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    ''Anyway, back to the proper context of my challenge - which is to cite a reliable authority backing your assertion ZPE contributes in a matter system (e.g. liquid Helium) to temperature as thermodynamically defined. That Wki article on Absolute zero I linked to provides the thermodynamic i.e. generally accepted definition of temperature btw ''


    What is the definition of temperature, because I know the solid relationships between temperature and motion and they can be found

    here: https://en.wikipedia.org/wiki/Virial_theorem

    Note, there are many types of definitions for temperature so you need to stop being vague and explain what you mean a bit clearer.

    If you want to describe the temperature of a thing, you use this formula.

    The same reasoning is behind this phenomenon: Brownian motion is the intrinsic motion of particles at subatomic levels.

    https://en.wikipedia.org/wiki/Brownian_motion
     
  16. SimonsCat Registered Member

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  17. Q-reeus Valued Senior Member

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    Neither Brownian motion nor the Virial theorem define temperature as generally accepted. This Wki article explains: https://en.wikipedia.org/wiki/Thermodynamic_temperature
    I especially like the table uppermost entry here: https://en.wikipedia.org/wiki/Thermodynamic_temperature#Table_of_thermodynamic_temperatures
    Notice the peak emission wavelength corresponding to the accepted use of zero degrees Kelvin i.e. absolute zero?
    Your ZPE motions contribute zero to radiant emission - or you maybe have a secret Puthoff style belief in 'harvesting vacuum ZPE'? Once the realization sinks in that ZPE has zero to do with temperature, this conversation should really cease.
     
  18. SimonsCat Registered Member

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    Where would it claim that? Einstein won the nobel prize for his work on Brownian motion. I'd be very surprised to find out it isn't generally-accepted.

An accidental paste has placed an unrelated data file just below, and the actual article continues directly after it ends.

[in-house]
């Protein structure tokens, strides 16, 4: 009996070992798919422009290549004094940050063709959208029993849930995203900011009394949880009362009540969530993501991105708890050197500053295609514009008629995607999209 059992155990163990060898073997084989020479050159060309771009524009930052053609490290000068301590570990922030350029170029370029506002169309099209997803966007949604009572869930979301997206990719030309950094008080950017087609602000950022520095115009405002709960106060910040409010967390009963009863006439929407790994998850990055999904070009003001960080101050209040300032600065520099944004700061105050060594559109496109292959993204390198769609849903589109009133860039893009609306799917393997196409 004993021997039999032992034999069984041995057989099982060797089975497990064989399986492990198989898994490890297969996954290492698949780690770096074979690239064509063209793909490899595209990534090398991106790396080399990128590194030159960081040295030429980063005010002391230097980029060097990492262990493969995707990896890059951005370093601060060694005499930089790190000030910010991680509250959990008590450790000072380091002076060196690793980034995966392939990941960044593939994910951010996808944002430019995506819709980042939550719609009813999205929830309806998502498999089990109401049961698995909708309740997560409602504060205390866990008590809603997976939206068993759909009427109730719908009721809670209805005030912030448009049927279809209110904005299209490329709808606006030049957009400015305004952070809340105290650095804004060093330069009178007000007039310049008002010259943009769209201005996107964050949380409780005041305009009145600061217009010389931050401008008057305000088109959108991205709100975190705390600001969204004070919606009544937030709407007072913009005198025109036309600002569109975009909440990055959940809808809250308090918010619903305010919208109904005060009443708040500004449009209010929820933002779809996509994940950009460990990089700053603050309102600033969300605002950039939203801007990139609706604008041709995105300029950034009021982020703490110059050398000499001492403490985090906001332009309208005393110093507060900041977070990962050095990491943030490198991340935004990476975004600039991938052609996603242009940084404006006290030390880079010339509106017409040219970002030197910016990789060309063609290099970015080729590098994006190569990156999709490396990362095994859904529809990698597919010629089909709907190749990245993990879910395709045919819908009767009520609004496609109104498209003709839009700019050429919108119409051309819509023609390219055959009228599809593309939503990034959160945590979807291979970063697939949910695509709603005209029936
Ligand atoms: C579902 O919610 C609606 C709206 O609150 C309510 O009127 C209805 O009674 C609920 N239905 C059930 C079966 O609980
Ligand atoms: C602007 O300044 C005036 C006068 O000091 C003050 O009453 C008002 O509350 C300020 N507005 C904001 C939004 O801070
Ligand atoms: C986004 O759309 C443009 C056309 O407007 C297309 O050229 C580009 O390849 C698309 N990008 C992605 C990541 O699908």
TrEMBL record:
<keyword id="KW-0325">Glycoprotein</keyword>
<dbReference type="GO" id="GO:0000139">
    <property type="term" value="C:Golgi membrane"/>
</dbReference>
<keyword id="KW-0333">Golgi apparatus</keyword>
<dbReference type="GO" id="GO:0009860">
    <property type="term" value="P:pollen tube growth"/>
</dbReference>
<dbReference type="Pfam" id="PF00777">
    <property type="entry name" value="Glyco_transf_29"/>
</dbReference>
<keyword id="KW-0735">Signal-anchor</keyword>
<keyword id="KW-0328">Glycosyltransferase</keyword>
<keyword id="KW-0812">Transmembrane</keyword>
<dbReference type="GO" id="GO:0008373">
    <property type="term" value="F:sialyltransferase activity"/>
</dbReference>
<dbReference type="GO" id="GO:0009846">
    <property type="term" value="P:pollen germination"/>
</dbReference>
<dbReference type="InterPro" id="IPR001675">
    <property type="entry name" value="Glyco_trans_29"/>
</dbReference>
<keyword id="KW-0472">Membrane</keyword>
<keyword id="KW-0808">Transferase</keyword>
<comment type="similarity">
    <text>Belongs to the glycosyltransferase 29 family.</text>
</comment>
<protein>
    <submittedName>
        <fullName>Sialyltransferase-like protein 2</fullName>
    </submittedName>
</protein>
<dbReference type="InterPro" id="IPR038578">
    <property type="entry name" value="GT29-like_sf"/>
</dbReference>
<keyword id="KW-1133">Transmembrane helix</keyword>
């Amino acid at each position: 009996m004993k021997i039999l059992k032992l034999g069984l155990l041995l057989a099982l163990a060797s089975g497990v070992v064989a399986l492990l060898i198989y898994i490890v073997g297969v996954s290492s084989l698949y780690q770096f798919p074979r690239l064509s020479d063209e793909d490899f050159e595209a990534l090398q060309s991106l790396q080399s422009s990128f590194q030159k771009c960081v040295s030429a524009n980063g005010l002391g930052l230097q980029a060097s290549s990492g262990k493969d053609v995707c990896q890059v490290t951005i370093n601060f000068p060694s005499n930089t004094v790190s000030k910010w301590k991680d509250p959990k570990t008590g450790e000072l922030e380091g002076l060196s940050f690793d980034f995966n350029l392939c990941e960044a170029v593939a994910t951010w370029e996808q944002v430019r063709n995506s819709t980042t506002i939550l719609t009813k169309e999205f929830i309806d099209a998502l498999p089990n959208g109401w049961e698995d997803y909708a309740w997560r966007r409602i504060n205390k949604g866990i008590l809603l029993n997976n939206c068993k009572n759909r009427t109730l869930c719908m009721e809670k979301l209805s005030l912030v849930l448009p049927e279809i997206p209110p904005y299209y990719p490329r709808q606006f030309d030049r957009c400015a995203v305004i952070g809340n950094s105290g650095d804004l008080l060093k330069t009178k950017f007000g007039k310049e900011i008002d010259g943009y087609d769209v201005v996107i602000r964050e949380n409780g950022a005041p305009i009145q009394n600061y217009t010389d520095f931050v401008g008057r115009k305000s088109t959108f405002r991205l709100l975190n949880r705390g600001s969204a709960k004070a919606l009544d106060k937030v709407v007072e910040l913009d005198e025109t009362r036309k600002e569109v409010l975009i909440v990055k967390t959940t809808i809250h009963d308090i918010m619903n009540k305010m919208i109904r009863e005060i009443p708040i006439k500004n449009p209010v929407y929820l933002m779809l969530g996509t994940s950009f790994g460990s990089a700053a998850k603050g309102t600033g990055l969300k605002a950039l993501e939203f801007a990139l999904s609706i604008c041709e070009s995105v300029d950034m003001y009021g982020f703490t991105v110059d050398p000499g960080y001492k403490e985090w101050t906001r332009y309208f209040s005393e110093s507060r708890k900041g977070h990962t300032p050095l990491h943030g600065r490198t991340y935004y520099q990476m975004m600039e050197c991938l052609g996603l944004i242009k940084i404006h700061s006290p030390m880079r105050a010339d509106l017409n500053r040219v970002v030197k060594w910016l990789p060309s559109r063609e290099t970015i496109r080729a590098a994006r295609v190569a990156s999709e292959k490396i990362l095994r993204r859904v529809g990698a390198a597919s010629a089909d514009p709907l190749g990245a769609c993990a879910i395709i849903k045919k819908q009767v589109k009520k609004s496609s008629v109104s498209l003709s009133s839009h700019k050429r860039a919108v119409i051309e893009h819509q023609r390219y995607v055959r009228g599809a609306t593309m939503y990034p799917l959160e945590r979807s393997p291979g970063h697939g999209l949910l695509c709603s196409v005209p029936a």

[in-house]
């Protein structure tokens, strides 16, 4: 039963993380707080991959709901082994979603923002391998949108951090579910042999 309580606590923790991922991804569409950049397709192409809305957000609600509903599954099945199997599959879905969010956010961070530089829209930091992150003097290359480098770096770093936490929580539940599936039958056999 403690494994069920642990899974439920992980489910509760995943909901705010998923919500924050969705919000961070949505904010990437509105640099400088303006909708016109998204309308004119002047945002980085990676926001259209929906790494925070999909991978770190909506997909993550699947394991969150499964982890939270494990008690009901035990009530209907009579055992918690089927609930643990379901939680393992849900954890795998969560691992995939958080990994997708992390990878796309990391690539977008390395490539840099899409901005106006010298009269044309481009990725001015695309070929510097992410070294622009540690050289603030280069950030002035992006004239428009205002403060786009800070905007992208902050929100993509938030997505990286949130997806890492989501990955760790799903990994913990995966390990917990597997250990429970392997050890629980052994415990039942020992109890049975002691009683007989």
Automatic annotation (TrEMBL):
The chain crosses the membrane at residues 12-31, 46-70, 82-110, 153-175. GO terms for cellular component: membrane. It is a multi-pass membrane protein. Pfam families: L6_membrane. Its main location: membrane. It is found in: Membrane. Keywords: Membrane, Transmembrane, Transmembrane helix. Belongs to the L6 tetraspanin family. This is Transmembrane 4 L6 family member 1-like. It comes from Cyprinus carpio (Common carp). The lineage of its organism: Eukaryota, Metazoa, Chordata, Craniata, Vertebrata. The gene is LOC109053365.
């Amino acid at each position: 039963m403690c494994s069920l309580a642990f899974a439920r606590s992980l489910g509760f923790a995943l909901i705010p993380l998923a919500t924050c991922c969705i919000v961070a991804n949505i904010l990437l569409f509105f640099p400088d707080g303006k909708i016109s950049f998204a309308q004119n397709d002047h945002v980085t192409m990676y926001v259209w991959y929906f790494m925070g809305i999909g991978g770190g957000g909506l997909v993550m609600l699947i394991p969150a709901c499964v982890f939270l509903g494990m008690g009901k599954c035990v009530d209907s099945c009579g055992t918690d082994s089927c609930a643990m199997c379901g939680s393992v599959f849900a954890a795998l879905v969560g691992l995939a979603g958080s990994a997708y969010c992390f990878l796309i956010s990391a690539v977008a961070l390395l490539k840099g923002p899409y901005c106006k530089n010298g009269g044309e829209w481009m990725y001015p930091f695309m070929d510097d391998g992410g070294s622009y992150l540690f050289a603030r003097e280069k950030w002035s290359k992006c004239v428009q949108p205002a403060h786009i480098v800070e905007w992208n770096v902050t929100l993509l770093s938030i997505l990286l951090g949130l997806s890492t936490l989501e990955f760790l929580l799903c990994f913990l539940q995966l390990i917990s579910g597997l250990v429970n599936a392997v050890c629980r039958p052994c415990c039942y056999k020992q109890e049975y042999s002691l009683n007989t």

I'd also be surprised to find that kinetic thermal motion was disputed from the virial relationships as well, which do a pretty good job at approximating the temperature of a system.
     
  19. Q-reeus Valued Senior Member

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    So I left out the words 'the proper definition' immediately prior to the Wiki link, as not needed given the context, and that gave you the opportunity to turn that into 'this Wiki explains why Brownian motion and Virial theorem do not...'. You took it the wrong way. Deal with the fact of those table entries I mentioned. A solid say at a thermodynamically defined absolute zero has zero thermal emission. ZPE motions are there in that solid - but supply zero radiant emission. There is all you need to deal with.
     
  20. SimonsCat Registered Member

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    What do you mean, zero radiant emission? Any charged particle that accelerates in space, has some kind of emission, its known as the Larmor formula. Regardless, its only in classical theory that a system can be defined at zero temperatures with zero motion. I have already explained, this isn't physical. The zero point of a system, doesn't actually exist!
     
  21. paddoboy Valued Senior Member

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    ZPE could also be the CC of Einstein fame, correct?
    ps: Don't worry a great deal, I'm actually with you on this.

    Please Register or Log in to view the hidden image!

     
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  22. SimonsCat Registered Member

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    Zero point ener
    Could be yes. It could either contribute or be entirely responsible.
     
  23. Q-reeus Valued Senior Member

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    2,497
    See https://en.wikipedia.org/wiki/Equipartition_theorem#Failure_due_to_quantum_effects
    "Neglecting the irrelevant zero-point energy term,..."
    Which comment is fully justified by the derived formula for <H> shown below that. Note it goes to precisely zero when T goes to zero. Regardless of ZPE being present.
    Do you have some basic issue with general validity of Stefan-Boltzmann law?: http://hyperphysics.phy-astr.gsu.edu/hbase/thermo/stefan.html
    I would hope not. Just another way of seeing that ZPE has no connection with temperature. Had enough of kicking a dead horse yet?